Pre-Meeting Workshop on Science of Global Cancer Disparities

Pre-Meeting Workshop on Science of Global Cancer Disparities
Co-Chairs: Akinyemi Ojesina, MBBS, PhD and Olufunmilayo I Olopade, MBBS, OON
Join your AORTIC colleagues in advancing health equity by attending a pre-conference
workshop on November 18 from 14:30 to 17:30 in Fez 1. Advances in the use of
genomics can accelerate progress in reducing the high mortality rates from cancer in
Low to Middle Income Countries. The perfect storm of tumor biology, genomics and
poor health care delivery patterns collide to create a global survival disparity in ALL
cancers. Africa must leapfrog by adopting innovative technologies to deliver high
quality cancer care at affordable costs.
Burkitt's Lymphoma in the 21st century( Sam Mbulaiteye) – Described 50 years ago,
Burkitt's Lymphoma (BL) became a model for poly-microbial carcinogenesis and global
oncology. Seminal discoveries, including of Epstein-Barr virus, the first human virus
linked to a human cancer, linkage of Plasmodium falciparum malaria with the 100-fold
higher BL incidence in Africa, chromosomal abnormalities as a central molecular
abnormality, and the cure of BL by chemotherapy inspired combination chemotherapy.
However, hibernation due to civil disturbance in Africa caused research to stop and with
it the discoveries. The resurgent interest in BL at a time of rapidly expanding genomic
and proteomic capabilities has opened exciting opportunities for discoveries;
outstanding questions will be answered and next-generation safe, targeted curative
treatment likely to be discovered. The talk will explore opportunities and directions for
African research on BL.
Understanding Prostate Cancer in men of African Descent (Timothy Rebbeck) –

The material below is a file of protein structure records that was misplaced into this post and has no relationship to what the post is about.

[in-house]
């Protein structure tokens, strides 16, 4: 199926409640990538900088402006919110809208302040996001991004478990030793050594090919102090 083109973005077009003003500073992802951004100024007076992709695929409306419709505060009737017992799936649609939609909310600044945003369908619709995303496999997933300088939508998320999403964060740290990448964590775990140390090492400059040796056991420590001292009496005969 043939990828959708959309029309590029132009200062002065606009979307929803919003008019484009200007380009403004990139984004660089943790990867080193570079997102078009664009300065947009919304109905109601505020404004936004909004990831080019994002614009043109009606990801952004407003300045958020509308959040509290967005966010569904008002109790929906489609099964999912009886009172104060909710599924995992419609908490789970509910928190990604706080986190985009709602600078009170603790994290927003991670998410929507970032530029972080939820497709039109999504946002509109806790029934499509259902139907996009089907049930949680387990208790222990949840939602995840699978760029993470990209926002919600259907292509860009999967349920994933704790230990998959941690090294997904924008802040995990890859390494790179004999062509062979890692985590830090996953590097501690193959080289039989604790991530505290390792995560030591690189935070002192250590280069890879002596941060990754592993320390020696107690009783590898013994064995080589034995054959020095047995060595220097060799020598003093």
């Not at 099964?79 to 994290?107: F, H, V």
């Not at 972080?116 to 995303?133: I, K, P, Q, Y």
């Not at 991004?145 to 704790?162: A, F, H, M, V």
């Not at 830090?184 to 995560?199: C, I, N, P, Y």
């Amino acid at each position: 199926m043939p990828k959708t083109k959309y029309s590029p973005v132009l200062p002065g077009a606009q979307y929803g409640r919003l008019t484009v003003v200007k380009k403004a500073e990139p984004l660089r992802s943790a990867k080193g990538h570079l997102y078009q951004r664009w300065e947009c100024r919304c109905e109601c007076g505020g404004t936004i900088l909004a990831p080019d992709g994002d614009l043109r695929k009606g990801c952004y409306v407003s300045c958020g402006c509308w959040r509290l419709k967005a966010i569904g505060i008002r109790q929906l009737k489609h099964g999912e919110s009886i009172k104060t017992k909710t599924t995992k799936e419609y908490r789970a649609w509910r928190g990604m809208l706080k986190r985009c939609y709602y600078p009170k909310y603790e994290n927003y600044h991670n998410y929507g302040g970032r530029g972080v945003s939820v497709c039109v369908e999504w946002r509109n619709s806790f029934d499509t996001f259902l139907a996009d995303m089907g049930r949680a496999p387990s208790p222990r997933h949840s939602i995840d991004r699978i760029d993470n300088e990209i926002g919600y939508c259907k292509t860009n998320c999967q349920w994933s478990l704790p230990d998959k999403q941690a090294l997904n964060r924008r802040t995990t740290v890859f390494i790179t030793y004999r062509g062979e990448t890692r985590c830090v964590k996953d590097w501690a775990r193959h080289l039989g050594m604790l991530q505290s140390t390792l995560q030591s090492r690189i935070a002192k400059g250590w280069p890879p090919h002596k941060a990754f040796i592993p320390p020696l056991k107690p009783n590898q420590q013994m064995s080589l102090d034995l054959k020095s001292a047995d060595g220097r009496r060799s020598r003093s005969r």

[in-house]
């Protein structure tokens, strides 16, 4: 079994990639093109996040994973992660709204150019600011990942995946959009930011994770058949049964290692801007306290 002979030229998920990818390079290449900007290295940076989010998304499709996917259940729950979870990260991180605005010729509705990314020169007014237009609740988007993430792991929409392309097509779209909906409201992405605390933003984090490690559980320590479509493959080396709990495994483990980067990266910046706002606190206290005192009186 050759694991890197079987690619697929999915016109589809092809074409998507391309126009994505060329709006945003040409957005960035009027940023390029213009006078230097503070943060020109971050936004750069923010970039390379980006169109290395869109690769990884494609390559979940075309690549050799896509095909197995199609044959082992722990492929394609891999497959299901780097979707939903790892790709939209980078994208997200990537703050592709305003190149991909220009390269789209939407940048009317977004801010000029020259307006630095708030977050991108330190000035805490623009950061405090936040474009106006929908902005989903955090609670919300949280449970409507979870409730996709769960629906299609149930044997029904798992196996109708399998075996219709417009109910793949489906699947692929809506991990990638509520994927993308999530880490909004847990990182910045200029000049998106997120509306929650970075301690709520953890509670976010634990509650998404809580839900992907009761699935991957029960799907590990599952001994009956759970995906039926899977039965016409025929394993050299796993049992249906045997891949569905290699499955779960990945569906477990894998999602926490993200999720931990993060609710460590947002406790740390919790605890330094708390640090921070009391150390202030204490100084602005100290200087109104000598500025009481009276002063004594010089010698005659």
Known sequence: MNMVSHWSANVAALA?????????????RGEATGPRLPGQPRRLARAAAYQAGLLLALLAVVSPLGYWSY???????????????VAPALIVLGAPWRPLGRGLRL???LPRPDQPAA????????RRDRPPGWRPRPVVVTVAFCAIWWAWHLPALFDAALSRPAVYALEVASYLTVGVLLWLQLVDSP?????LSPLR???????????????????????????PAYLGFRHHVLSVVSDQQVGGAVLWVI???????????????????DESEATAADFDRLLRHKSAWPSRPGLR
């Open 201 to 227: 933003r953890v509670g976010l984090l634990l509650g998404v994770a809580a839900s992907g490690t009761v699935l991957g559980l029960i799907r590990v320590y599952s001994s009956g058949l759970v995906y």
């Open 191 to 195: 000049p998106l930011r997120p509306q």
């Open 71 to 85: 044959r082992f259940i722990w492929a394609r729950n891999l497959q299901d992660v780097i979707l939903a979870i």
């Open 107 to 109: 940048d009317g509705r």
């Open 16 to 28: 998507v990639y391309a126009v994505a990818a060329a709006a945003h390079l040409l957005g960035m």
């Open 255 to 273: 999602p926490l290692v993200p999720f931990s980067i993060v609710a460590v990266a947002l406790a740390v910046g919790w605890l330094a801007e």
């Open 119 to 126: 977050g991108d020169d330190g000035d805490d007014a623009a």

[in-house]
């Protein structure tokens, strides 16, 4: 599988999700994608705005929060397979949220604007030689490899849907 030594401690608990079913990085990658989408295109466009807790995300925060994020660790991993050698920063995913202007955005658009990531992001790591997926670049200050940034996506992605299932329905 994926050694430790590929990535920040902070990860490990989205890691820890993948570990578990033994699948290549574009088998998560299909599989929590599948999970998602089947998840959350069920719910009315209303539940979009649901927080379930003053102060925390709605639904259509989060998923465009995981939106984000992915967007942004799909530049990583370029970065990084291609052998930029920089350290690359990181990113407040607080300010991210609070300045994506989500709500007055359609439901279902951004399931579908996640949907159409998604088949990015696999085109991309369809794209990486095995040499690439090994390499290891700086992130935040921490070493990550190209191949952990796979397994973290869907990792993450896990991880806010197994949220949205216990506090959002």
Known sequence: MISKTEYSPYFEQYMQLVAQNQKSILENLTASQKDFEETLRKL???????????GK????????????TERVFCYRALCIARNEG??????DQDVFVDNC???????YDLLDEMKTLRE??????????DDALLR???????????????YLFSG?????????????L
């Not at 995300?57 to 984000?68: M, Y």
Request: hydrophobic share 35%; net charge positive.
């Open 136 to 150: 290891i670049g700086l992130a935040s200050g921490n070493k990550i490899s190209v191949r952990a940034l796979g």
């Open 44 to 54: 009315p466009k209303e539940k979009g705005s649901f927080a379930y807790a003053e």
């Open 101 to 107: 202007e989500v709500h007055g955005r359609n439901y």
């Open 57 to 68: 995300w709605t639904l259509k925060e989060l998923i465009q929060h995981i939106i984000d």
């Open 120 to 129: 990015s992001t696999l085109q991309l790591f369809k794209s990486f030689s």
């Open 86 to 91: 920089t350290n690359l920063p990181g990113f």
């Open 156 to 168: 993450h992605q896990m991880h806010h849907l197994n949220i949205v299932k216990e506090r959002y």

Prostate cancer incidence and mortality rates are highest among men of African
descent around the world. African descent men also appear to have biologically
aggressive disease. Studies of prostate cancer in Africa, where prostate cancer is
observed to be highly aggressive, may inform our understanding of prostate cancer in
men of African descent around the world.
Translational Genomics to accelerate progress in cancer research (Funmi Olopade) - In
LMIC, breast cancer is a disease of young women and there are no defined strategies for
early detection nor access to lifesaving drugs. The delays, misuse, and underuse of
treatment for women of African ancestry are of increased significance when these
patients are presenting with the most aggressive forms of breast cancer. Findings from
the Nigerian Breast Cancer Study and how similar innovative interventions can be
applied to all cancers to accelerate progress in saving lives will be presented.
Emerging concepts in cancer immunotherapy (Adekunle Odunsi) – There is compelling
evidence that the immune system can recognize and destroy cancer. This presentation
will focus on emerging strategies for harnessing the immune system for cancer therapy,
and discuss emerging concepts on how to overcome resistance to such therapies.
Biomarkers in cervical cancer (Virna Leaner) - Cervical cancer is the fourth most
common cancer worldwide for females, and the seventh most common overall. Africa
has been classified as the region with the highest burden of cervical cancer. Early stage
cervical cancer can usually be cured with surgery and radiotherapy, or both.
Chemotherapy is often combined with radiotherapy to reduce the risk of recurrence.
There are relatively few targeted approaches being explored in clinical trials for cervical
cancer. This talk will discuss current research using genomic approaches aimed at
identifying new cancer biomarkers and therapeutic targets.
Cervical Cancer Genomics (Akinyemi Ojesina) – Cervical cancer is etiologically linked to
persistent infection with high risk human papilloma viruses (HPV), with subsequent viral
integration into the human genome, and progression through various stages of
precancerous squamous intraepithelial lesions to invasive cancer. Investigations into the
synergy between HPV infection and somatic genomic alterations in the host may yield
insights necessary for improving early detection, predicting the outcome of
precancerous lesions, and potentially prevention of tumor progression.
Innovative Approaches to Clinical Trials (Laura Esserman) - Breast cancer is both
genetically and clinically heterogeneous, making it challenging to identify optimal
therapies. Therapeutic options that target tumor biology and can be delivered before
metastases are clinically apparent can be developed using innovative clinical trial design.
The neoadjuvant approach facilitates evaluating an individual patient’s response to
treatment. Lessons learned from the I SPY trial will be discussed.